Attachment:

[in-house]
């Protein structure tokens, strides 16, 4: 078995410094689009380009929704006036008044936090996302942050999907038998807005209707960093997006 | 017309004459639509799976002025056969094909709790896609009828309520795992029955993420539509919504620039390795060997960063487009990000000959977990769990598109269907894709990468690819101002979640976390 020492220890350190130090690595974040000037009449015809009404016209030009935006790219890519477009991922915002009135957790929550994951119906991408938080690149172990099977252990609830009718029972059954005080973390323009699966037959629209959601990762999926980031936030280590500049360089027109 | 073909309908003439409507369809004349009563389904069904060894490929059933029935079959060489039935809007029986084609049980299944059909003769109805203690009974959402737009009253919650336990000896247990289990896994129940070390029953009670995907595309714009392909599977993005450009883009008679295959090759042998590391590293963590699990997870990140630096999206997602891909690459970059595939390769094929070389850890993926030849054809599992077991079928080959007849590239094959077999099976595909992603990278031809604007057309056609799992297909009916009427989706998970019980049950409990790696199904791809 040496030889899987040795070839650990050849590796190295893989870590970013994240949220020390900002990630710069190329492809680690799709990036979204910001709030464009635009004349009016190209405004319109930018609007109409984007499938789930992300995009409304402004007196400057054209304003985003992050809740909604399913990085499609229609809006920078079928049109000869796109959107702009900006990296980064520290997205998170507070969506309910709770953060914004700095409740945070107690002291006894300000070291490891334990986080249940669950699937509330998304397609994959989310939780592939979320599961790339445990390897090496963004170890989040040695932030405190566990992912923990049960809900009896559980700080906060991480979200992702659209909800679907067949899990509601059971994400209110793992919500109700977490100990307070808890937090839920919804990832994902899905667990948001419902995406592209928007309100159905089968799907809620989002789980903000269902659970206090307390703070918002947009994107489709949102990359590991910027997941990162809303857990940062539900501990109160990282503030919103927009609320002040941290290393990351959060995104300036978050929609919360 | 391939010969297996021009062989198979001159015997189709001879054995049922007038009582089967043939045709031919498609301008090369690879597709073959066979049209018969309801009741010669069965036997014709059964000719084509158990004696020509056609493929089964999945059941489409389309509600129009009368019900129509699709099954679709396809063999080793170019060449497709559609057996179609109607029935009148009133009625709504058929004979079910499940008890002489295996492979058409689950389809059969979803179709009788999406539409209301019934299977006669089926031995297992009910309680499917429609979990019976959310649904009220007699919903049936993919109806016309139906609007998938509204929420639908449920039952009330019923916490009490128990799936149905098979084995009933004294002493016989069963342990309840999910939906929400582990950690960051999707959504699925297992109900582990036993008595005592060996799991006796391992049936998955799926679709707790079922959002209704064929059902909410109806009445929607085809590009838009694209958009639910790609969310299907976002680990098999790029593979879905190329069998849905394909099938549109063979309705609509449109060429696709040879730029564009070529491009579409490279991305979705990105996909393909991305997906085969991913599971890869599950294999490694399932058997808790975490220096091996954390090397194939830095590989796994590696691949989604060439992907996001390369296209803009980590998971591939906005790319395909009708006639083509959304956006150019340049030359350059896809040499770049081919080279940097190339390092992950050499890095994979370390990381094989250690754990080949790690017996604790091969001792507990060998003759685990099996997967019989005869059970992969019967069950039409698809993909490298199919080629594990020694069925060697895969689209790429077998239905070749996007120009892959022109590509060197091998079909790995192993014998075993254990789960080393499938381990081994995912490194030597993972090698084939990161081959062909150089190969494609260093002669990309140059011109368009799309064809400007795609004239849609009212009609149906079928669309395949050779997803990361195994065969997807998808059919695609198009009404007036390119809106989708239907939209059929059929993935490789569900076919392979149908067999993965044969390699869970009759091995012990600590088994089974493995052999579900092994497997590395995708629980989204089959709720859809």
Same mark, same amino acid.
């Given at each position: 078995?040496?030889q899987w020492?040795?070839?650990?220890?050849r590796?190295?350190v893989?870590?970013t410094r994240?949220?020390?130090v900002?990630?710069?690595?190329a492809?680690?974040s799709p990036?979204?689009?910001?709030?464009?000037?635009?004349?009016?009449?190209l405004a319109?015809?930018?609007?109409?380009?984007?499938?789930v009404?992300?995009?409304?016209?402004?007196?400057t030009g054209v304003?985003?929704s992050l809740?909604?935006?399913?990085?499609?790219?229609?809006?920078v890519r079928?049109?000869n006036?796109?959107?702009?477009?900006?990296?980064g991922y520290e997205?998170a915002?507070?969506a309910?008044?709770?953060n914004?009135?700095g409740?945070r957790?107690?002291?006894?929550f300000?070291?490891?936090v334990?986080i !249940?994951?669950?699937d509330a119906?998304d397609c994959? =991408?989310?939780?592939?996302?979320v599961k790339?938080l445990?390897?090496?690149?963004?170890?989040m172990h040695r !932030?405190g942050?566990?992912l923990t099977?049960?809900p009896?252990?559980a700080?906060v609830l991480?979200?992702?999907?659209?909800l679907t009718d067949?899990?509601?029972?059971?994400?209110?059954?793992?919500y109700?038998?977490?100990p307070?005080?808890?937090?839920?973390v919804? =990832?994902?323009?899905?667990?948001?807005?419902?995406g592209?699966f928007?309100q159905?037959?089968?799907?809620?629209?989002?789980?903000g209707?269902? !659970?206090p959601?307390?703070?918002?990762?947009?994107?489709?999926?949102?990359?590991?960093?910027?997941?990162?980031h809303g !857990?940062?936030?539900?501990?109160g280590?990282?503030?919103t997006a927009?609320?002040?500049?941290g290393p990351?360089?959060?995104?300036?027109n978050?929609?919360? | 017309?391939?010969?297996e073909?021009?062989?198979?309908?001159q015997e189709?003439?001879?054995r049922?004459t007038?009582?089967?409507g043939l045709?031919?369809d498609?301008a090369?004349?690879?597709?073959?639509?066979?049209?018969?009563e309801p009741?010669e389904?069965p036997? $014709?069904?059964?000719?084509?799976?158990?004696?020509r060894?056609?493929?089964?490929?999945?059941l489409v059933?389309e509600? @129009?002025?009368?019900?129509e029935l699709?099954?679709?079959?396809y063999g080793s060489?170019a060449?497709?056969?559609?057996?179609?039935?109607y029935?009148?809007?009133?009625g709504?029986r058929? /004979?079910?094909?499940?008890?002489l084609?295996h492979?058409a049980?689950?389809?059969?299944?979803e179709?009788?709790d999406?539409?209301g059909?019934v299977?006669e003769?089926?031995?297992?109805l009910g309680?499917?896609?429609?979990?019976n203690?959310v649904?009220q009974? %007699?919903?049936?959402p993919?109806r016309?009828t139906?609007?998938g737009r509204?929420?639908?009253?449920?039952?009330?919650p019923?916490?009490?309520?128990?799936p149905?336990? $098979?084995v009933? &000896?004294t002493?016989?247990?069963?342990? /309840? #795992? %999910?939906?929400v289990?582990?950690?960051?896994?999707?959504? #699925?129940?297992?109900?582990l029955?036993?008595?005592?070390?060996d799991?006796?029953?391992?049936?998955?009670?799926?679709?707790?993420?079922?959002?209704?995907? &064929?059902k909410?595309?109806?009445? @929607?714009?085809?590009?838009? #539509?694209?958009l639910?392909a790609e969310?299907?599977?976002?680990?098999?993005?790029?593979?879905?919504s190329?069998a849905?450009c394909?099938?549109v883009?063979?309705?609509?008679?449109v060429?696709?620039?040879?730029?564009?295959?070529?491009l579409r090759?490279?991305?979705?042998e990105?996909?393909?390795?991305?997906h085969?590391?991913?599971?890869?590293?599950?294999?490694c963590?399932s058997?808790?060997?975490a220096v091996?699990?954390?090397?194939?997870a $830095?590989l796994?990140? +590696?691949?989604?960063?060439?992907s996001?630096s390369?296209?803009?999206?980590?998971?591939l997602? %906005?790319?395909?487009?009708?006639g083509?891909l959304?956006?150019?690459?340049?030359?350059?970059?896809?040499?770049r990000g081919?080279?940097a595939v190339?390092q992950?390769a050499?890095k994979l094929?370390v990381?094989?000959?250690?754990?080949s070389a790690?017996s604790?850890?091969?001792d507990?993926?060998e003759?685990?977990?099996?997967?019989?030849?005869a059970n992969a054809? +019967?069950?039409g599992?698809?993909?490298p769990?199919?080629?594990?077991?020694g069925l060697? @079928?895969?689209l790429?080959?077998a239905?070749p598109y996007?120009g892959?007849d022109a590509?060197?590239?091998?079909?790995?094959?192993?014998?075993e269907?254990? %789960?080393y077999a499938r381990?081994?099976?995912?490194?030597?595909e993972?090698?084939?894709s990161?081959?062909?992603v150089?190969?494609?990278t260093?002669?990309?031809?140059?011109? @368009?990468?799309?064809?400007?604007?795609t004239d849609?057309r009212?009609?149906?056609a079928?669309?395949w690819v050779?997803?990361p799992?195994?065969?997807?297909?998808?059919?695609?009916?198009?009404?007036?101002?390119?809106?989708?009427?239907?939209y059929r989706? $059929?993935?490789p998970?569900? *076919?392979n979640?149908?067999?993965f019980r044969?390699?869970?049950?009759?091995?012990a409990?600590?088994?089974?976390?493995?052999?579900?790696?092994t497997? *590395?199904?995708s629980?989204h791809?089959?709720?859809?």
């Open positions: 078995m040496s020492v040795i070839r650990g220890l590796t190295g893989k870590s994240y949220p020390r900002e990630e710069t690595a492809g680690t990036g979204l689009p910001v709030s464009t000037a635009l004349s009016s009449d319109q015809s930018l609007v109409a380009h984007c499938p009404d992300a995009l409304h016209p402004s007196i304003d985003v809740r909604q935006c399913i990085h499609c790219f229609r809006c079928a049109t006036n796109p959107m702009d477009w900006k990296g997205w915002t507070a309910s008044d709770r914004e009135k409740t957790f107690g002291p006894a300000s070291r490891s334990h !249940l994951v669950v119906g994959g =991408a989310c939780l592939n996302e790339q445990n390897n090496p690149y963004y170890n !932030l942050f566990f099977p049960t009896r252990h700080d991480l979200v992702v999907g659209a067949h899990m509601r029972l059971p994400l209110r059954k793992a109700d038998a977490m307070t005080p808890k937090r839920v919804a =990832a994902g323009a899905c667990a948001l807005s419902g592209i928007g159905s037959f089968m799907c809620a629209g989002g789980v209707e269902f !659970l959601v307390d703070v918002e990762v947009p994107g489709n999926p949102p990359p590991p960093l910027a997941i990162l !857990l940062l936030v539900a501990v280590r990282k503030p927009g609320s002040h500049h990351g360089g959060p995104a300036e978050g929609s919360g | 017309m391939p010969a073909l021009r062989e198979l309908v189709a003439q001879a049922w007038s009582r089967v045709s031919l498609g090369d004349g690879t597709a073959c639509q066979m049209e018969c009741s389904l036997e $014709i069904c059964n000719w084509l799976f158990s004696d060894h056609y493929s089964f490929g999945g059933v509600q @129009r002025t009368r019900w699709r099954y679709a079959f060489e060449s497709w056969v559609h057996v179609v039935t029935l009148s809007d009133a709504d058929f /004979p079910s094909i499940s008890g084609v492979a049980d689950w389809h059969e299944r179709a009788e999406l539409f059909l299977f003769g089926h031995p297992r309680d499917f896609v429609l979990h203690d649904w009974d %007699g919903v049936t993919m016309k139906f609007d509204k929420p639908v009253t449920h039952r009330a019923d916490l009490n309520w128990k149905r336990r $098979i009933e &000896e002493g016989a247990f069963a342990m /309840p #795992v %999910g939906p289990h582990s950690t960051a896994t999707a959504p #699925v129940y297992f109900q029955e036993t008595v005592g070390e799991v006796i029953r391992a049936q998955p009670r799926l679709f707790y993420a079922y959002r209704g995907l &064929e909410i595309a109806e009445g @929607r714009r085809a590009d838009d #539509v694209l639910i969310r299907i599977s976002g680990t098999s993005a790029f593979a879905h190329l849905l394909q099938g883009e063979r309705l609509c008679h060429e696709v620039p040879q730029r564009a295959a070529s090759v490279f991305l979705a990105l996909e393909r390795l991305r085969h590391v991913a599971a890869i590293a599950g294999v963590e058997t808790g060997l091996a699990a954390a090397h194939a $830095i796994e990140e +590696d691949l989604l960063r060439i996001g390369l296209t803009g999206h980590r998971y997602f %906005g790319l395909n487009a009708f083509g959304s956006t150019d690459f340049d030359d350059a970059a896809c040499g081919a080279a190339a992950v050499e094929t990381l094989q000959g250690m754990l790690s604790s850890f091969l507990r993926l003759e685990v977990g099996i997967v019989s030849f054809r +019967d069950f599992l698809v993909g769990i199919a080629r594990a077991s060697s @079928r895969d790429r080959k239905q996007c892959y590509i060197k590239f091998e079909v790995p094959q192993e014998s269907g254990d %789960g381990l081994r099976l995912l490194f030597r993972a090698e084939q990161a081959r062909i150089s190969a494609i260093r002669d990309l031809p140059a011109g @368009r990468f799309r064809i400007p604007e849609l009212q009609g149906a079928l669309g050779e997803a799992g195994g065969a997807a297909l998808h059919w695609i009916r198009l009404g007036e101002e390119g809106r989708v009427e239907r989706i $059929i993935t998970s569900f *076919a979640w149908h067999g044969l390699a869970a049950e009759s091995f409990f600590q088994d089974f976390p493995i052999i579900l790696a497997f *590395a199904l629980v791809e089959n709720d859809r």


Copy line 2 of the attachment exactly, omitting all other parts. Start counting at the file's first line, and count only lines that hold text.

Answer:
């Protein structure tokens, strides 16, 4: 078995410094689009380009929704006036008044936090996302942050999907038998807005209707960093997006 | 017309004459639509799976002025056969094909709790896609009828309520795992029955993420539509919504620039390795060997960063487009990000000959977990769990598109269907894709990468690819101002979640976390 020492220890350190130090690595974040000037009449015809009404016209030009935006790219890519477009991922915002009135957790929550994951119906991408938080690149172990099977252990609830009718029972059954005080973390323009699966037959629209959601990762999926980031936030280590500049360089027109 | 073909309908003439409507369809004349009563389904069904060894490929059933029935079959060489039935809007029986084609049980299944059909003769109805203690009974959402737009009253919650336990000896247990289990896994129940070390029953009670995907595309714009392909599977993005450009883009008679295959090759042998590391590293963590699990997870990140630096999206997602891909690459970059595939390769094929070389850890993926030849054809599992077991079928080959007849590239094959077999099976595909992603990278031809604007057309056609799992297909009916009427989706998970019980049950409990790696199904791809 040496030889899987040795070839650990050849590796190295893989870590970013994240949220020390900002990630710069190329492809680690799709990036979204910001709030464009635009004349009016190209405004319109930018609007109409984007499938789930992300995009409304402004007196400057054209304003985003992050809740909604399913990085499609229609809006920078079928049109000869796109959107702009900006990296980064520290997205998170507070969506309910709770953060914004700095409740945070107690002291006894300000070291490891334990986080249940669950699937509330998304397609994959989310939780592939979320599961790339445990390897090496963004170890989040040695932030405190566990992912923990049960809900009896559980700080906060991480979200992702659209909800679907067949899990509601059971994400209110793992919500109700977490100990307070808890937090839920919804990832994902899905667990948001419902995406592209928007309100159905089968799907809620989002789980903000269902659970206090307390703070918002947009994107489709949102990359590991910027997941990162809303857990940062539900501990109160990282503030919103927009609320002040941290290393990351959060995104300036978050929609919360 | 391939010969297996021009062989198979001159015997189709001879054995049922007038009582089967043939045709031919498609301008090369690879597709073959066979049209018969309801009741010669069965036997014709059964000719084509158990004696020509056609493929089964999945059941489409389309509600129009009368019900129509699709099954679709396809063999080793170019060449497709559609057996179609109607029935009148009133009625709504058929004979079910499940008890002489295996492979058409689950389809059969979803179709009788999406539409209301019934299977006669089926031995297992009910309680499917429609979990019976959310649904009220007699919903049936993919109806016309139906609007998938509204929420639908449920039952009330019923916490009490128990799936149905098979084995009933004294002493016989069963342990309840999910939906929400582990950690960051999707959504699925297992109900582990036993008595005592060996799991006796391992049936998955799926679709707790079922959002209704064929059902909410109806009445929607085809590009838009694209958009639910790609969310299907976002680990098999790029593979879905190329069998849905394909099938549109063979309705609509449109060429696709040879730029564009070529491009579409490279991305979705990105996909393909991305997906085969991913599971890869599950294999490694399932058997808790975490220096091996954390090397194939830095590989796994590696691949989604060439992907996001390369296209803009980590998971591939906005790319395909009708006639083509959304956006150019340049030359350059896809040499770049081919080279940097190339390092992950050499890095994979370390990381094989250690754990080949790690017996604790091969001792507990060998003759685990099996997967019989005869059970992969019967069950039409698809993909490298199919080629594990020694069925060697895969689209790429077998239905070749996007120009892959022109590509060197091998079909790995192993014998075993254990789960080393499938381990081994995912490194030597993972090698084939990161081959062909150089190969494609260093002669990309140059011109368009799309064809400007795609004239849609009212009609149906079928669309395949050779997803990361195994065969997807998808059919695609198009009404007036390119809106989708239907939209059929059929993935490789569900076919392979149908067999993965044969390699869970009759091995012990600590088994089974493995052999579900092994497997590395995708629980989204089959709720859809």